Dressing your baby for sleep

Learn about overheating, children's sleepwear and sleep sacks.

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Keep your baby warm, not hot. If the room temperature is comfortable for you, it will be comfortable for your baby too. Sleepwear needs to be appropriate for the temperature of the room so that babies are comfortable but don't overheat. Overheating is a risk factor for sudden infant death syndrome (SIDS).

It's not safe to let babies sleep in their outerwear. Remove your baby's snowsuit, raincoat, jacket or other type of outwear once indoors. This will reduce the risk of your baby overheating or suffocating.

Babies do not need hats when they're indoors. A hat can make them too hot.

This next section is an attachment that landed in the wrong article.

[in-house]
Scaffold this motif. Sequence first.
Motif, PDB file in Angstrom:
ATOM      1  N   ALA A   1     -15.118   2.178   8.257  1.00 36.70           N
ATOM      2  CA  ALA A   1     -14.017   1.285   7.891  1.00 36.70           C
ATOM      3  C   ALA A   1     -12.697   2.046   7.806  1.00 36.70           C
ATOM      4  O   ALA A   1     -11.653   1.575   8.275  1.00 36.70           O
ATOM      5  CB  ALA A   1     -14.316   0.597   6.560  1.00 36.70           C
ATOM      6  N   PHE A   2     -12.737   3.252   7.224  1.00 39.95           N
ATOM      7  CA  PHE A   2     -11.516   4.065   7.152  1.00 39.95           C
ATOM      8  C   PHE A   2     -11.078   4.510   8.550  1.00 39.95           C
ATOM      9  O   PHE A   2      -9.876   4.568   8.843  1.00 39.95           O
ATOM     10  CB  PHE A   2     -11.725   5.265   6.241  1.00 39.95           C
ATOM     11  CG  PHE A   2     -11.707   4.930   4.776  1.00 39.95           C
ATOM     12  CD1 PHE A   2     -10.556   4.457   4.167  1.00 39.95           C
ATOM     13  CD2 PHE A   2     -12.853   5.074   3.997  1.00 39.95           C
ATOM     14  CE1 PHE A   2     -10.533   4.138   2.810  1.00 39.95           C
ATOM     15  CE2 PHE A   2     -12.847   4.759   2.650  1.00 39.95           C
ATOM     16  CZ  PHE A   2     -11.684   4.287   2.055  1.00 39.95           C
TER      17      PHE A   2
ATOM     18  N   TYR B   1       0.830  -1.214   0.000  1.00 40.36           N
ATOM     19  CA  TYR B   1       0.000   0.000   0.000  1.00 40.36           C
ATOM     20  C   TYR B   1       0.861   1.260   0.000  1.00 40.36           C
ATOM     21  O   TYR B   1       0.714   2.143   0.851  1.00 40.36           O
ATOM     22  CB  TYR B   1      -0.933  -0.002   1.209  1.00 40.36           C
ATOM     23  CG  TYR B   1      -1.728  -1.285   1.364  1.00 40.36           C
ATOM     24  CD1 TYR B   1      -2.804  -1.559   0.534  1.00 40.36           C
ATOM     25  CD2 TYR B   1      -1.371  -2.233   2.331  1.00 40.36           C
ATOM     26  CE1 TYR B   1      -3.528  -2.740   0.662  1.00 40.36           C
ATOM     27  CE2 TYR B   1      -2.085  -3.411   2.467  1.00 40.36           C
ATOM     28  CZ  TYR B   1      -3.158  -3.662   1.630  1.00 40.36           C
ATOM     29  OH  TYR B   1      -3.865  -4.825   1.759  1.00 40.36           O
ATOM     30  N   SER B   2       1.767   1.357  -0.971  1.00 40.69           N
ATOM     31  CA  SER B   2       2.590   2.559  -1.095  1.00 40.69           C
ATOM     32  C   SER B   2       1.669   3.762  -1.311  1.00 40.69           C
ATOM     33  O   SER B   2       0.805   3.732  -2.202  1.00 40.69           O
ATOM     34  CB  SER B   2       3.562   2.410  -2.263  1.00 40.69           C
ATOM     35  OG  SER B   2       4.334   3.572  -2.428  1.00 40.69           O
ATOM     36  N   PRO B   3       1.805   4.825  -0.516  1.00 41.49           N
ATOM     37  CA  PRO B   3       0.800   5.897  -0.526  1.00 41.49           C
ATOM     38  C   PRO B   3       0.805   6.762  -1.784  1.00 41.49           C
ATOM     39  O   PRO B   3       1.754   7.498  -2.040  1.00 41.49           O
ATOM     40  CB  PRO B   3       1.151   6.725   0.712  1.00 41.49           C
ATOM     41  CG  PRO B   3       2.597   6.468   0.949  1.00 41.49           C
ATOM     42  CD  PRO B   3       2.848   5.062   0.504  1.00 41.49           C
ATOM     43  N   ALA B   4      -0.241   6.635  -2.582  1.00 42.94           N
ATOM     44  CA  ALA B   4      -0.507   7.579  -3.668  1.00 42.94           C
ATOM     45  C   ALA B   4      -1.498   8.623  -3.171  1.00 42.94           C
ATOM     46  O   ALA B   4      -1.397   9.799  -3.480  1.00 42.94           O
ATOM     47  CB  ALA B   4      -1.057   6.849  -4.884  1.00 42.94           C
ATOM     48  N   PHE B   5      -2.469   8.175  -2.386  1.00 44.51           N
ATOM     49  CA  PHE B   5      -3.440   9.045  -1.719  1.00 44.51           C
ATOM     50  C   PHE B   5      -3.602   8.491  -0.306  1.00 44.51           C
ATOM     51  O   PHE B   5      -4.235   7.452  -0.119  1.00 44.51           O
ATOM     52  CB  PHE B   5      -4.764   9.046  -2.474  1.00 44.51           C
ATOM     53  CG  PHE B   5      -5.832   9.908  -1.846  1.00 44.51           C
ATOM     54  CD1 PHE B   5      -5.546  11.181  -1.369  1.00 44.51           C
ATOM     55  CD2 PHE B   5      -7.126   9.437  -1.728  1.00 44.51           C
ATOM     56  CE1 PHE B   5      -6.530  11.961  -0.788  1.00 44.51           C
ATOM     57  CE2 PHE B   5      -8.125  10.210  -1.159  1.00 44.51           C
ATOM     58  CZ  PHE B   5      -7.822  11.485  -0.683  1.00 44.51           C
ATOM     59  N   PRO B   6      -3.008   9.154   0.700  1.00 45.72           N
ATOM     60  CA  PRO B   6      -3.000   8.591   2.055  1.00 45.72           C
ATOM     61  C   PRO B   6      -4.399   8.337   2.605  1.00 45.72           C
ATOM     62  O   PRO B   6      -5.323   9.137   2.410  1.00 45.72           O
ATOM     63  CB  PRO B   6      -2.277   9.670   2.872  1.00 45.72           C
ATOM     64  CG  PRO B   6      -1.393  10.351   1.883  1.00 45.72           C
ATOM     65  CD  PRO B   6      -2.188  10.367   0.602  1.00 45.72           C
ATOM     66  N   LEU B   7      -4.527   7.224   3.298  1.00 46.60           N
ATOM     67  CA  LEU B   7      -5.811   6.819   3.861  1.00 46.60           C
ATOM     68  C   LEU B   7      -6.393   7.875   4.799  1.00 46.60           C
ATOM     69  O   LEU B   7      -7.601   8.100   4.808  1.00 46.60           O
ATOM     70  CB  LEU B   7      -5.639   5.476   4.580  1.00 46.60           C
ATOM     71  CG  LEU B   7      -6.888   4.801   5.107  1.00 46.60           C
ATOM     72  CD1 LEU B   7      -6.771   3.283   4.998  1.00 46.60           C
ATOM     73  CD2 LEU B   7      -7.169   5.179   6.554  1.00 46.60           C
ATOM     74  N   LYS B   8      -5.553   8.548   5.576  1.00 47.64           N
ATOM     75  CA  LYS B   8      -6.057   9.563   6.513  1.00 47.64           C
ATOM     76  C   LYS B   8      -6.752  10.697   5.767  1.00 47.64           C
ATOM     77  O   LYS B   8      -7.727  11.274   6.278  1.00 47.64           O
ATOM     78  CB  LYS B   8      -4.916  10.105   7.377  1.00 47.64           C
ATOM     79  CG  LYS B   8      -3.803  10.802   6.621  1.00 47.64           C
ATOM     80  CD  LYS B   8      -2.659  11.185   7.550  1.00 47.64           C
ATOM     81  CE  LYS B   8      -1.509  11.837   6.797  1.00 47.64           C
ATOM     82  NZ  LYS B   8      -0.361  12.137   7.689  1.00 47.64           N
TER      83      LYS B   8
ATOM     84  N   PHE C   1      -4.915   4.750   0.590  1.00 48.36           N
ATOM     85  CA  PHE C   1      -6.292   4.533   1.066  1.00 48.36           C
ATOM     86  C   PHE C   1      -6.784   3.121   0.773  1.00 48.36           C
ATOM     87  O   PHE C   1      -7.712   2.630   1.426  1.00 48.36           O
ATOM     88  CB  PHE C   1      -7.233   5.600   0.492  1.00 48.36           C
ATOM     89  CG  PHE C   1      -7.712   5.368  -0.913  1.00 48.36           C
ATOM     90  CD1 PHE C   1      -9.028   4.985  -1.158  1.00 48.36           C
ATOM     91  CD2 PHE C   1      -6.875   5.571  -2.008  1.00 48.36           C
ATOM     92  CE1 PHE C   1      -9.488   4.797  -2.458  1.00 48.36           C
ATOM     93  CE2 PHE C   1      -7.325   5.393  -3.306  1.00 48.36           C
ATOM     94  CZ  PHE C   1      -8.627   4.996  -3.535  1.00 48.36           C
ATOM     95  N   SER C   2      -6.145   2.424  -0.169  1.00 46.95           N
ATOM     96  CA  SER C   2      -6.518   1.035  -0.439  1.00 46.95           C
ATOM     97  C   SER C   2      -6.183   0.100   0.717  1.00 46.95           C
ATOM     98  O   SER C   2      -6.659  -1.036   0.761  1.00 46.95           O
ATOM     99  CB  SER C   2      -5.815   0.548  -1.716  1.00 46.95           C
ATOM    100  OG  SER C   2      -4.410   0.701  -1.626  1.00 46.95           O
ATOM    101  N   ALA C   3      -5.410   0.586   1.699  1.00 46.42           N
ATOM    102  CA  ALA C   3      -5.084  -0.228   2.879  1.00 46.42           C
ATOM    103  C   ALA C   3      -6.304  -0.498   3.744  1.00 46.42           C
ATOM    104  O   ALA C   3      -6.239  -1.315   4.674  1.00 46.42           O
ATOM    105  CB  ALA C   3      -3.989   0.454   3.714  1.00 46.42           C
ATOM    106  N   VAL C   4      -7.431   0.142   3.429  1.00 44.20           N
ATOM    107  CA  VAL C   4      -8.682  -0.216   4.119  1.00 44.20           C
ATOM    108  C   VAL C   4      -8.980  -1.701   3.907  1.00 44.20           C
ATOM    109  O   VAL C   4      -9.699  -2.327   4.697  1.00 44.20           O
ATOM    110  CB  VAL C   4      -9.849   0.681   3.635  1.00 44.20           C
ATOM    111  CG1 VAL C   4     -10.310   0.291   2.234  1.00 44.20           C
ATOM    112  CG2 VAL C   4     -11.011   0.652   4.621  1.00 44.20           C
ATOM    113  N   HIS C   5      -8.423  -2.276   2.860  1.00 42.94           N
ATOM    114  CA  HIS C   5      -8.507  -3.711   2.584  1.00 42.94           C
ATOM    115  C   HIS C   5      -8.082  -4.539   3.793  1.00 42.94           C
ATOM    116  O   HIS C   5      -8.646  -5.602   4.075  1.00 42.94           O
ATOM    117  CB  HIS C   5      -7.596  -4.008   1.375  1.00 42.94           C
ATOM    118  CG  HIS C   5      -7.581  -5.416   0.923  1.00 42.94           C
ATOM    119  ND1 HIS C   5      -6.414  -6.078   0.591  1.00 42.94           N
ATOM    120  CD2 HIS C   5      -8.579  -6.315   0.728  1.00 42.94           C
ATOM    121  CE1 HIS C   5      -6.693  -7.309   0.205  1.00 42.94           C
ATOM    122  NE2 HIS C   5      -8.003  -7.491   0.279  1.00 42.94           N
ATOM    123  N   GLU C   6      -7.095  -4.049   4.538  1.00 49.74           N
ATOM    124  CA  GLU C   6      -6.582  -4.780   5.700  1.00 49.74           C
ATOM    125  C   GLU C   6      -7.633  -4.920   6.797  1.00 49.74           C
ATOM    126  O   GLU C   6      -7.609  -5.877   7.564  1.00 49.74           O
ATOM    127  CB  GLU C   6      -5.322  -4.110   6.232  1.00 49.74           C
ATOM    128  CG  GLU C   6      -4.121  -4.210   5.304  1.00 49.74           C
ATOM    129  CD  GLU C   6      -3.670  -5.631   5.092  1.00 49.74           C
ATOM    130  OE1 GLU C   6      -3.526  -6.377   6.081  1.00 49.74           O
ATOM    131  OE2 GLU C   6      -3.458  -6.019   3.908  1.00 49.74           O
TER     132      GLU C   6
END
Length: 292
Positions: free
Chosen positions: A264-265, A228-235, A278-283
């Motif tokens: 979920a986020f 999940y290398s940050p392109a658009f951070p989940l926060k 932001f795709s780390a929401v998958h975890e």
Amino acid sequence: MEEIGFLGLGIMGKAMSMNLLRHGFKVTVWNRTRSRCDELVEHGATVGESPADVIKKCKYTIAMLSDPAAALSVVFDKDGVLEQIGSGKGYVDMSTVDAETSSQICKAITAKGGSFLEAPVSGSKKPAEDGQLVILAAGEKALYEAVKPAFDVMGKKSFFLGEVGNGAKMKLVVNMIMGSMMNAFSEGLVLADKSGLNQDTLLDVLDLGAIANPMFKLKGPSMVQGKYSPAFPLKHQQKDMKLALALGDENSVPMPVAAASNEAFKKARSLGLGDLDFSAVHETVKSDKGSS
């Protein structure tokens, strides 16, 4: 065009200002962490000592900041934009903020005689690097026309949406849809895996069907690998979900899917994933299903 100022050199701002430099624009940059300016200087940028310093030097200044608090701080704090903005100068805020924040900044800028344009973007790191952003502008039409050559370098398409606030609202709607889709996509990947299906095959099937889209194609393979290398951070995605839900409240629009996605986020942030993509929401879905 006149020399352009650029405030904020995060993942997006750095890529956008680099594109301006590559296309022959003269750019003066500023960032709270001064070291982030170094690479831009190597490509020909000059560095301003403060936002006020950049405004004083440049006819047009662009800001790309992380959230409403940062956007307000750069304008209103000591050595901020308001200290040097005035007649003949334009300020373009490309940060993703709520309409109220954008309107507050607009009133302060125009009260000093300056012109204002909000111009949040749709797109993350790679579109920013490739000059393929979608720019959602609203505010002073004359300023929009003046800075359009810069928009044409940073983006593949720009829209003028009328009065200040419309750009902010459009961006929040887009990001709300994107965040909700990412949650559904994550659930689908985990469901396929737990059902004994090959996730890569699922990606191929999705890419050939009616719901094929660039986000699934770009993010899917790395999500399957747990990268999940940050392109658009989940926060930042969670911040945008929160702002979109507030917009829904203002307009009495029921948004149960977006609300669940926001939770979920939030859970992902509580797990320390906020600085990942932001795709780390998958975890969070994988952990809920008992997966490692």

Safety tips for children's sleepwear

Babies are safest in simple, fitted sleepwear, like a sleeper. Daywear is not designed with sleep safety in mind. Clothing that your baby wears during the day often has hoods, straps and other parts that can become dangerous when a child is asleep and unsupervised.

Help your baby sleep safely and snugly by following these safety tips:

Health Canada has flammability requirements for children's sleepwear. For more information on types of sleepwear and how flammability requirements help to protect your baby, please visit our web page on children's sleepwear.

Sleep sacks

Many parents and caregivers use sleep sacks for their baby. Many parents and caregivers use sleep sacks for their baby. If you use a sleep sack, you don't need a blanket.

If you use a sleep sack, follow these tips:

There's no research to support the use of swaddle sleep sacks. If you choose to use one for your baby, be sure to follow these safe swaddling techniques:

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